There are a number of ongoing initiatives to explore including Empowering Women’s Entrepreneurship (WE) & the Council for Inclusive Innovation, both created in conjunction with the Secretary of Commerce.
She also mentioned the Legal Experience and Advancement Program (LEAP), which gives patent practitioners experience before PTAB. There is a concerted effort to bring more people into LEAP so others may benefit from the hands-on learning opportunity.
Director Vidal referenced statistics related to the number of women named on patents, which is between 12-13%. When educational opportunities & free legal assistance is offered within the communities, the USPTO has noted that 40% of those they have supported are women as well as an increase with other minorities.
This is just the tip of the iceberg as she also touched on the memorandum of understanding with the USIPA, working with IP offices on diversity & inclusion, and the importance of mentoring with the variety of programs through the Council for Inclusive Innovation. Upon listening to this podcast, we intend to learn more about Camp Invention, which has educated 250,000 children between 6-9 years old on innovation, and the Teach-the-Teacher program.
In our opinion — both of these programs seem beautifully aligned with our efforts on INTA’s Anticounterfeiting U.S. Subcommittee & working group to support the Unreal Campaign. As a natural precursor since Unreal focuses on those between 14-23 years old, it seems like this could create a funnel of opportunities for Unreal Campaign presentations, which is one of the challenges in getting the message to the target audiences. Has this already been explored? Is Director Vidal aware of INTA’s efforts?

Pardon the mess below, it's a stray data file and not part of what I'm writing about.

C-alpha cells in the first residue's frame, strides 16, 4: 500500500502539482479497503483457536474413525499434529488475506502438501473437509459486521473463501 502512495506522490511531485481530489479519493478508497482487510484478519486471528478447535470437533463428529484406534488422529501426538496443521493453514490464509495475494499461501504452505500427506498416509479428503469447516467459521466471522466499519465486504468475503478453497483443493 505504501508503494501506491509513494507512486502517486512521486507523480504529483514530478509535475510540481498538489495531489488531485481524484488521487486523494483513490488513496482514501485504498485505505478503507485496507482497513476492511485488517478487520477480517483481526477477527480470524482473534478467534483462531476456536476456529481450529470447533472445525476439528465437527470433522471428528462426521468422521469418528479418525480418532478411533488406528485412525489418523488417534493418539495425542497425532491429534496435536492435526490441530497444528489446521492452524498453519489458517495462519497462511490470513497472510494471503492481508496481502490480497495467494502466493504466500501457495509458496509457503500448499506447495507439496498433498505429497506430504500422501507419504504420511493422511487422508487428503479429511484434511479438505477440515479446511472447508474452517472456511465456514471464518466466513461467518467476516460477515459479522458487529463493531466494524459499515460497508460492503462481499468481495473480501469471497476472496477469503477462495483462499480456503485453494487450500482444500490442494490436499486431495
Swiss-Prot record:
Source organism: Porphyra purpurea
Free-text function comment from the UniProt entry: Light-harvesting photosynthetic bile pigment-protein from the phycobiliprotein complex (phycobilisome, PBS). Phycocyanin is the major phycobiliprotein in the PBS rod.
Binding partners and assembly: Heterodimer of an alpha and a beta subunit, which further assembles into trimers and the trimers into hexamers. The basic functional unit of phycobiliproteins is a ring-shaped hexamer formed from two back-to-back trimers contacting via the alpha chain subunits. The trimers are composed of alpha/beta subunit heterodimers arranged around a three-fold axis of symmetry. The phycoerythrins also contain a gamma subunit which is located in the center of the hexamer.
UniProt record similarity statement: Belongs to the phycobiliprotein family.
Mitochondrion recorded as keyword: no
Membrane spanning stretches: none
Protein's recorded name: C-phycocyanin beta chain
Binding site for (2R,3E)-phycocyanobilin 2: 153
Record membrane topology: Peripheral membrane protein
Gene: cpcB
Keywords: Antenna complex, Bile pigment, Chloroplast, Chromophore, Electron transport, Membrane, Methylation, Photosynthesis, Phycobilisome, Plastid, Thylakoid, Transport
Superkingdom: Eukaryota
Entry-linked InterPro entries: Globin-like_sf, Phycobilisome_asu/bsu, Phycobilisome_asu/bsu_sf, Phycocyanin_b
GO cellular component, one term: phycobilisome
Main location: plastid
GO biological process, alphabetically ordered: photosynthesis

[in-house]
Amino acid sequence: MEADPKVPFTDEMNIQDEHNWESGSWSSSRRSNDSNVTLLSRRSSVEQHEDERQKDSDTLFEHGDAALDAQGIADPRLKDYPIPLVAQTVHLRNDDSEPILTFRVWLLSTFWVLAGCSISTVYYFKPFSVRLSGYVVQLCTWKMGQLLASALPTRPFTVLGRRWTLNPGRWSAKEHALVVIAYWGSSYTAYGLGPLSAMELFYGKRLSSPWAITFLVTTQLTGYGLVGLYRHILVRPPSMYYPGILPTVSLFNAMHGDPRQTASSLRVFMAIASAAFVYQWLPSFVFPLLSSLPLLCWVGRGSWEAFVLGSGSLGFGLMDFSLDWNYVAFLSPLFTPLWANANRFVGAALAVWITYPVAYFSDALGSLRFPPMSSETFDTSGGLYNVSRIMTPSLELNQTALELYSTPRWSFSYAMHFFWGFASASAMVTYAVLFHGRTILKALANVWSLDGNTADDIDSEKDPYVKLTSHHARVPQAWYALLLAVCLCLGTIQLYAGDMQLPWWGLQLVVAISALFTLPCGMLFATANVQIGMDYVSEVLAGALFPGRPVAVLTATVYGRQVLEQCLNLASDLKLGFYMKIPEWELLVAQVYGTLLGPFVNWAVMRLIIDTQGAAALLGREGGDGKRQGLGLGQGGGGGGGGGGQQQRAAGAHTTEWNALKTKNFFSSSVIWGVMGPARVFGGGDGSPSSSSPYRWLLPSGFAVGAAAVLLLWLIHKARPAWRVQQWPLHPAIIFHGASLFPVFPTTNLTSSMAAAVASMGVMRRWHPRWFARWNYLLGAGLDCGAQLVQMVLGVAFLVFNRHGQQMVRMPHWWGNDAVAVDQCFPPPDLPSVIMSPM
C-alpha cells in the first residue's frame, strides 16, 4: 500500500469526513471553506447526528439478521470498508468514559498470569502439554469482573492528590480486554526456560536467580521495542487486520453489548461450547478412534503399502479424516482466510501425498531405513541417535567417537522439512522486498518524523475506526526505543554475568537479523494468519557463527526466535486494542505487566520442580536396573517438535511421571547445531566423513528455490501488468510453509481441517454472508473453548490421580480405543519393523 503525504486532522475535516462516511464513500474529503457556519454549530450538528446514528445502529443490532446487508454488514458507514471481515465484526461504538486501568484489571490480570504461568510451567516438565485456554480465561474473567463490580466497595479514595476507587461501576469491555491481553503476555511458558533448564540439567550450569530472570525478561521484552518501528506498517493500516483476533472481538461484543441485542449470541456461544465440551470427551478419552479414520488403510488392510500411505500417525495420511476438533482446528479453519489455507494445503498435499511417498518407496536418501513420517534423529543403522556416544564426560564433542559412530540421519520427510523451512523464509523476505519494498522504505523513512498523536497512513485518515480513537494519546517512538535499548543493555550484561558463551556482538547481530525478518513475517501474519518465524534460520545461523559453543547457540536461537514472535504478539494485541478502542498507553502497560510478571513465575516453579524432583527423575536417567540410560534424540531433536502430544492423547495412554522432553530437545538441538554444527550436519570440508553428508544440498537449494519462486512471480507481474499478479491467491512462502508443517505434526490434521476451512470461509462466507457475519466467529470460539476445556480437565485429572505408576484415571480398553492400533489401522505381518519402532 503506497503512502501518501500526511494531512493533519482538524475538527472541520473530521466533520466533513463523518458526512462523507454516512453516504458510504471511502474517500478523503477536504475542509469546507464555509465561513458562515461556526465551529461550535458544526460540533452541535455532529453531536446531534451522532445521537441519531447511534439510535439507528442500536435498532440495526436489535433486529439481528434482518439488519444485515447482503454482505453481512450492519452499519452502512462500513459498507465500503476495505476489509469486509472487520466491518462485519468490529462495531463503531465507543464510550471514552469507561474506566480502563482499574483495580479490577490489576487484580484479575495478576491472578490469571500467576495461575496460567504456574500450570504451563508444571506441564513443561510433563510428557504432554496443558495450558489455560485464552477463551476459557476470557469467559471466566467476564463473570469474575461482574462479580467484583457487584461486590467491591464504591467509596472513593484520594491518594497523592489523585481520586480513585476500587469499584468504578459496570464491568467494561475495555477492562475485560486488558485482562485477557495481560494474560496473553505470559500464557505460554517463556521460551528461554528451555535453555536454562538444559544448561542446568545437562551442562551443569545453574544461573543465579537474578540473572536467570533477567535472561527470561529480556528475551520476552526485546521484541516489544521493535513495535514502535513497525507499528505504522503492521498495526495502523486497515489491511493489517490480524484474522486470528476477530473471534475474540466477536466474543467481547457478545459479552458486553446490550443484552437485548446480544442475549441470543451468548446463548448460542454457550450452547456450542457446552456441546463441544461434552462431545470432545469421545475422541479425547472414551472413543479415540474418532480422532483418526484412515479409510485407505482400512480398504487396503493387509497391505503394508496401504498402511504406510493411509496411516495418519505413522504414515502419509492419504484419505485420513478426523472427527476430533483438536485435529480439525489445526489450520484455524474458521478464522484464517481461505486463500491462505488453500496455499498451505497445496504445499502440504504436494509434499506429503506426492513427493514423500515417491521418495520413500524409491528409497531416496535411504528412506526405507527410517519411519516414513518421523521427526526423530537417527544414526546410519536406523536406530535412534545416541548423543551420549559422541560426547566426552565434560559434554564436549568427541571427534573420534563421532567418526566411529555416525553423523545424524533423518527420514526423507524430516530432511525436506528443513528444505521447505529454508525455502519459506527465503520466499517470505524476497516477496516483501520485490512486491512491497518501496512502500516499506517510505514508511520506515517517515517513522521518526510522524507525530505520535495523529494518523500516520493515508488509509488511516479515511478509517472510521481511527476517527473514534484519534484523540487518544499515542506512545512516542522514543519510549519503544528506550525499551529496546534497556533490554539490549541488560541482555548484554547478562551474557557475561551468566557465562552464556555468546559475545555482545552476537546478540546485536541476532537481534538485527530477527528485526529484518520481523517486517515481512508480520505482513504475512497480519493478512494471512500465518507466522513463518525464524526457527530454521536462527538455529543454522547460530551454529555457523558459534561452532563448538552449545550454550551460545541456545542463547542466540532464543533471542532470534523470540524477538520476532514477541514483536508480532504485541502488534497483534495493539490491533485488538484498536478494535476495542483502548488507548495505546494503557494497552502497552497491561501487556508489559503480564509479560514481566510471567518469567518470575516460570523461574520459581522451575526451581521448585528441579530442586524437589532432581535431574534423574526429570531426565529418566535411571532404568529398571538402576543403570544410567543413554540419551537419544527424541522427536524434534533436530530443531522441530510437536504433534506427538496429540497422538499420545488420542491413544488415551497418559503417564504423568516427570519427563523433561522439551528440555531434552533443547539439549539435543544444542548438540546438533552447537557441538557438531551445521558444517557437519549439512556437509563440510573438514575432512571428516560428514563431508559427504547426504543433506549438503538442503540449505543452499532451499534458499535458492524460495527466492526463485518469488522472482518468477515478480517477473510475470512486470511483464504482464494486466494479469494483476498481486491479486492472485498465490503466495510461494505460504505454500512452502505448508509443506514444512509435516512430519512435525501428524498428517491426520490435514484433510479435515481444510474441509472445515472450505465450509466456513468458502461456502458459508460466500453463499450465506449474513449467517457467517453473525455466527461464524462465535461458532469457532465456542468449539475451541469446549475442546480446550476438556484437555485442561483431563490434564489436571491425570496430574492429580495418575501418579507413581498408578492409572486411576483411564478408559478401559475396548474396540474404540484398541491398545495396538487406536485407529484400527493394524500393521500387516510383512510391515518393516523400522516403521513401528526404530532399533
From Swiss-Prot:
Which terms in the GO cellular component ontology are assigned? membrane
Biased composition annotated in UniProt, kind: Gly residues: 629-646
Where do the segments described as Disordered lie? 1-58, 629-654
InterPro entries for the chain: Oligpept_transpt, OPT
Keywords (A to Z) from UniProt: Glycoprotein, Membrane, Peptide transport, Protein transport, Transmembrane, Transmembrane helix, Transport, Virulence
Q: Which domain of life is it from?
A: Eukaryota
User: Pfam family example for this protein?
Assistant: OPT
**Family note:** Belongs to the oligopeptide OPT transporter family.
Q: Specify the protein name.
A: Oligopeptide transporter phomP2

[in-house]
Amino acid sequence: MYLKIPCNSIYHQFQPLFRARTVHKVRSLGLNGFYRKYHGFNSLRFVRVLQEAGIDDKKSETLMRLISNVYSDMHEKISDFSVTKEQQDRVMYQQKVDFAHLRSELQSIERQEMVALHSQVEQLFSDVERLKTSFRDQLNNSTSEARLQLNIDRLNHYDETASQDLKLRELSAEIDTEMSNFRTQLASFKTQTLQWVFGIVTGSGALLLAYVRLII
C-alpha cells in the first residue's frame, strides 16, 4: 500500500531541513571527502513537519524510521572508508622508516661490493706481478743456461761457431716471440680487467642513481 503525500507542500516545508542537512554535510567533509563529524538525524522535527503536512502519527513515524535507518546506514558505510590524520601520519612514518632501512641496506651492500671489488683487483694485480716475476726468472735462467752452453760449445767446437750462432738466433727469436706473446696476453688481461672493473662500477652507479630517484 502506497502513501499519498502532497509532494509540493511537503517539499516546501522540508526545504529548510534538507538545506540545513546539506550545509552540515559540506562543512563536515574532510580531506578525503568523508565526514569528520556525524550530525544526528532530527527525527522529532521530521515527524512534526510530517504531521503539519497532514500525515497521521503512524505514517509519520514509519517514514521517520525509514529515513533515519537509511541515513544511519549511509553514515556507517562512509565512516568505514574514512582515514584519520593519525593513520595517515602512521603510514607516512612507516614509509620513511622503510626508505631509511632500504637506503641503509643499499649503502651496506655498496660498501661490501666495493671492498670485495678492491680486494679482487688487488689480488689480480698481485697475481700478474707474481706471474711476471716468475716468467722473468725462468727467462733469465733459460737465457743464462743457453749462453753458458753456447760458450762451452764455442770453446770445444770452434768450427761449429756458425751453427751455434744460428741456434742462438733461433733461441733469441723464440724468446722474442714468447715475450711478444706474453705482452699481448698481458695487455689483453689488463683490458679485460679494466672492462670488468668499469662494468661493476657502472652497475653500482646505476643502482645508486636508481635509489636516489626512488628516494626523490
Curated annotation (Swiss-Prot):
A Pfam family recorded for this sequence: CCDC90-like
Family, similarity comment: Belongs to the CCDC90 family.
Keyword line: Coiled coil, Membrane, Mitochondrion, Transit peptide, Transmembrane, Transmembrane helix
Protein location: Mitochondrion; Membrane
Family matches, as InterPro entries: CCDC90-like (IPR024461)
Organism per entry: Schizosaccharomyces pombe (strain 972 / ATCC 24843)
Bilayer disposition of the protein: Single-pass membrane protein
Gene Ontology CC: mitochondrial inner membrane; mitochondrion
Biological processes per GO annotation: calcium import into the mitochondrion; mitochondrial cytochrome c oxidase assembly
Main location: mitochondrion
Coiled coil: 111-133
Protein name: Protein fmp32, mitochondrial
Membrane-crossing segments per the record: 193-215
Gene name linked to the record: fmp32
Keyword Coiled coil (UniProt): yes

In such large organizations with proactive agendas, the bureaucracy of connecting the right people in the right places & the fact that we are volunteers (as INTA committee members), it can be difficult to find the most efficient path to creating such synergies. Educating the next generations about the value of IP, the dangers of counterfeits & the importance of protecting innovation are worth the effort. With Director Vidal’s encouragement to reach out directly, we may be so inspired to go straight to the top.